Twitter, feedly, RSS feeds etc – basically any platform which will squirt the latest content over to you so you can whilst sitting on a bus, lazing in the bath or sitting on the loo digest that great content.  Obviously a lot of the success of this depends on who you push into that stream but I have found you can quite quickly get a feel for what you class as good examples and what is not.

With that in mind here are a few blogs which I like and I feel fits with what I would count as good effective design.

Data viz done right – Andy Kriebel’s gallery of effective visualisation

Everyday dashboards – Chris Love’s store of great examples of real dashboards that people have submitted.

VizCandy – Beautiful design – draws you in and is also very effective

So in conclusion:

Trust your gut it is more intelligent than you think

Keep it well fed with the right things and then hopefully good design will be easy for you.



Photo by Anna Sullivan on Unsplash

The importance of WHY to get true value from learning

I was very fortunate recently to get a place on a four day data visualisation training course with Stephen Few,  The training was hosted in London which meant long days commuting but it is not often you get to learn from someone so respected in their field.

Now I have been in this field for a while now and I like to think I know a bit so I was not too sure how much new stuff I was going to get from the course,  I have used his books in the past as well as those by Edward Tufte so I have done my research.

The course was split into chunks based on three of his books:

Day 1 &2 – Show me the numbers

Day 3 – Information dashboard design

Day 4 – Now you see it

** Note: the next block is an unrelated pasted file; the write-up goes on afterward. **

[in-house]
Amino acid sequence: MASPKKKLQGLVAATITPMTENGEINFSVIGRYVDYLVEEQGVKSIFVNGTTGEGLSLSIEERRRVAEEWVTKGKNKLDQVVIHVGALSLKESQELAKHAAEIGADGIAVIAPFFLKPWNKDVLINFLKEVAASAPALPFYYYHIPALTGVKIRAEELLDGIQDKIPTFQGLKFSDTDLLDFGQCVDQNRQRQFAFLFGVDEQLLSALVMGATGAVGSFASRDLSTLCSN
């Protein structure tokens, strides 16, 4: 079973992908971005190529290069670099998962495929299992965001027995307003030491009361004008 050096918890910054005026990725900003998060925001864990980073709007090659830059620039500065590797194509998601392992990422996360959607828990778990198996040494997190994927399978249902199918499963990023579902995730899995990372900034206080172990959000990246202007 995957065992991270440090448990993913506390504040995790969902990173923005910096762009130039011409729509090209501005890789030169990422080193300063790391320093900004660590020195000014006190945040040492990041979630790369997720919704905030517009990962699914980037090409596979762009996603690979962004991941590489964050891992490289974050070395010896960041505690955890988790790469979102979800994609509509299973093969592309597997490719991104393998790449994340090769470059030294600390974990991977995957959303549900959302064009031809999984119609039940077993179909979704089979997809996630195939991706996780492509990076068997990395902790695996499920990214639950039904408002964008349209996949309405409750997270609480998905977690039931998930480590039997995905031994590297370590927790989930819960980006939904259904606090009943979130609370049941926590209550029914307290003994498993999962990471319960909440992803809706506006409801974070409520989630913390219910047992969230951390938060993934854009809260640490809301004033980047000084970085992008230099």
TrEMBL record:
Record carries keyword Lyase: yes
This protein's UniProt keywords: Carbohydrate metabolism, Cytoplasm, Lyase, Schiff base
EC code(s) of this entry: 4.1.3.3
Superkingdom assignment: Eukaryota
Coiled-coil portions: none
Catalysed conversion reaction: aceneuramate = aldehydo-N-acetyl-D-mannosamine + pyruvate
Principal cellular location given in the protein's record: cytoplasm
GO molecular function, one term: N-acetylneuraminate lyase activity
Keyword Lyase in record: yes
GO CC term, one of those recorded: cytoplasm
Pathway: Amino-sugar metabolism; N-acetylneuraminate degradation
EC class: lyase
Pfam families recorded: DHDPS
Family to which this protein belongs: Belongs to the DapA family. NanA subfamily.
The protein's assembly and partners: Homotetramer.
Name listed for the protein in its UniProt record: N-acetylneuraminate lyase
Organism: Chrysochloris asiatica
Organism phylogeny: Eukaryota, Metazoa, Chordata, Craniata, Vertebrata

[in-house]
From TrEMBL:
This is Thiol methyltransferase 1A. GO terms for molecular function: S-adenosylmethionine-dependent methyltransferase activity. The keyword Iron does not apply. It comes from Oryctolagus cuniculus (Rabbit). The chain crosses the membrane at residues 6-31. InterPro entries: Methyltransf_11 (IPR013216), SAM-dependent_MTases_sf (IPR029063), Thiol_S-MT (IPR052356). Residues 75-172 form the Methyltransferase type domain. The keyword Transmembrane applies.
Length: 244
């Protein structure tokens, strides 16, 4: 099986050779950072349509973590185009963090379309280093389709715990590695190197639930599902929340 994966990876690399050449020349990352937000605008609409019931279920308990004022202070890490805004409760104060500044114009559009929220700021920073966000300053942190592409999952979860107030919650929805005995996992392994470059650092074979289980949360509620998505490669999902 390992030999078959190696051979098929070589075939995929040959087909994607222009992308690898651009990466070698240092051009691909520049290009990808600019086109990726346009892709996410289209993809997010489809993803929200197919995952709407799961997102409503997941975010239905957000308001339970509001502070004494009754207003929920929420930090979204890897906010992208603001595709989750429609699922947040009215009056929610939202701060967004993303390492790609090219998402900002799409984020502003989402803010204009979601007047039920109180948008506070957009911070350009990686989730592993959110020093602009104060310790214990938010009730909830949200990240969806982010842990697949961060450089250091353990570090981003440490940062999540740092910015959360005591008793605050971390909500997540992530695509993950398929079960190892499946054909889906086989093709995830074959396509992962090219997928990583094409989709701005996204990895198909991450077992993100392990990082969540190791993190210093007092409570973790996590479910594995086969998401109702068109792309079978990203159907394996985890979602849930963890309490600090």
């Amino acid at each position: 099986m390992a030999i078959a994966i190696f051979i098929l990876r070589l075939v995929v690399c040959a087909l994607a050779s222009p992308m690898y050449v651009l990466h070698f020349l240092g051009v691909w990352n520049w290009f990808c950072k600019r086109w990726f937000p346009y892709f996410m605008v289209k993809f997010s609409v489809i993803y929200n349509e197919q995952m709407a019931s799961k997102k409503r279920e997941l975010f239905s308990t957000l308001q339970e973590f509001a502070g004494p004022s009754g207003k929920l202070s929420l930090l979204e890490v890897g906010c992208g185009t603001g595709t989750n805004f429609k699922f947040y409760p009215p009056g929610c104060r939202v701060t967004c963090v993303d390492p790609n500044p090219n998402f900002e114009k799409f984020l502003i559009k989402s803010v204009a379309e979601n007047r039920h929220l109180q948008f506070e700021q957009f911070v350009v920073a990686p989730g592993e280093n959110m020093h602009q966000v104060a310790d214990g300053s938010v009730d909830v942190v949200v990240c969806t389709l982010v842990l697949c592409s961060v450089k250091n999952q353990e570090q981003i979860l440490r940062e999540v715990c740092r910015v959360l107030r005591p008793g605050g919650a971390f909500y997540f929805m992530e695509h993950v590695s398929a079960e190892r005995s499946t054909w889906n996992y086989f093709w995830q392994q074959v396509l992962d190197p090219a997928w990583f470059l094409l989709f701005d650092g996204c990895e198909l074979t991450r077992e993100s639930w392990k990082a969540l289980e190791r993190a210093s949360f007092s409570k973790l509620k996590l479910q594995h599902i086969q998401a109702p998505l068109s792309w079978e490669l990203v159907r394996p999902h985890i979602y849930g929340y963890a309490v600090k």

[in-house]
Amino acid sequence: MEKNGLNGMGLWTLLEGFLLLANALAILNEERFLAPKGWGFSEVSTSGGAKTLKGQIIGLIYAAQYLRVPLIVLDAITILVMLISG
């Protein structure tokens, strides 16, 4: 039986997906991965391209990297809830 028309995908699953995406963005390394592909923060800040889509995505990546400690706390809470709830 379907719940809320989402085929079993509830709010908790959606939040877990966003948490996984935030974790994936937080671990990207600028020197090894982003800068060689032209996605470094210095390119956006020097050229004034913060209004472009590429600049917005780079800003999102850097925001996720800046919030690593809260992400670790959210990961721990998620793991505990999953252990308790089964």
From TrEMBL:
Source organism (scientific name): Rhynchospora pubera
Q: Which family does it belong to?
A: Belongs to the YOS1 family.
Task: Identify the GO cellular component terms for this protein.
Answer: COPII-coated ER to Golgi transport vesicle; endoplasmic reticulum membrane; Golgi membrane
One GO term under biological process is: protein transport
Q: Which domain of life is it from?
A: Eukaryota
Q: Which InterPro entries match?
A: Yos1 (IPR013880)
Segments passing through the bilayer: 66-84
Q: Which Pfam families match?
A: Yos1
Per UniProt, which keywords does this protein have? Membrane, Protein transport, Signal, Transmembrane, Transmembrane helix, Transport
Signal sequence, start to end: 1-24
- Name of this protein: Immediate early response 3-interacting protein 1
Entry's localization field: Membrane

We were advised not to be too concerned about taking notes as the slides and notes would be sent after the course and he wanted us to take in what he was saying and question as we went along.

We merrily went through the key areas reviewing examples as we went with challenges back and forth between the trainers and the trainees.  This took up most of our time on the course – it didn’t feel like it was the just the content from the books regurgitated but rather us just critiquing examples and having discussions (sometimes heated) whilst we were brought round to his way of thinking.

Now it may not surprise you to know but:

  • Pie charts are not a good way of displaying data – 3D ones are even worse
  • If it is a trend over time then its a line chart
  • For most other scenarios its a good old bar chart

Now this I already knew so what did I get from the course outside this?

The reasons why!

What we were doing throughout most of the course was getting from Stephen the reasons why the points he was making were true.  This was not delivered in a bullet point list but by us reviewing examples and discovering for ourselves the true reasons for why one thing is more effective than the other.  It was a collection of small light bulb moments that clarified the existing thinking.

Stephen kept using the phrase

“I want you to be comfortable with it”

which makes perfect sense because once you are comfortable with it and understand naturally the why you can easily adapt your understanding to the situation.

So what next?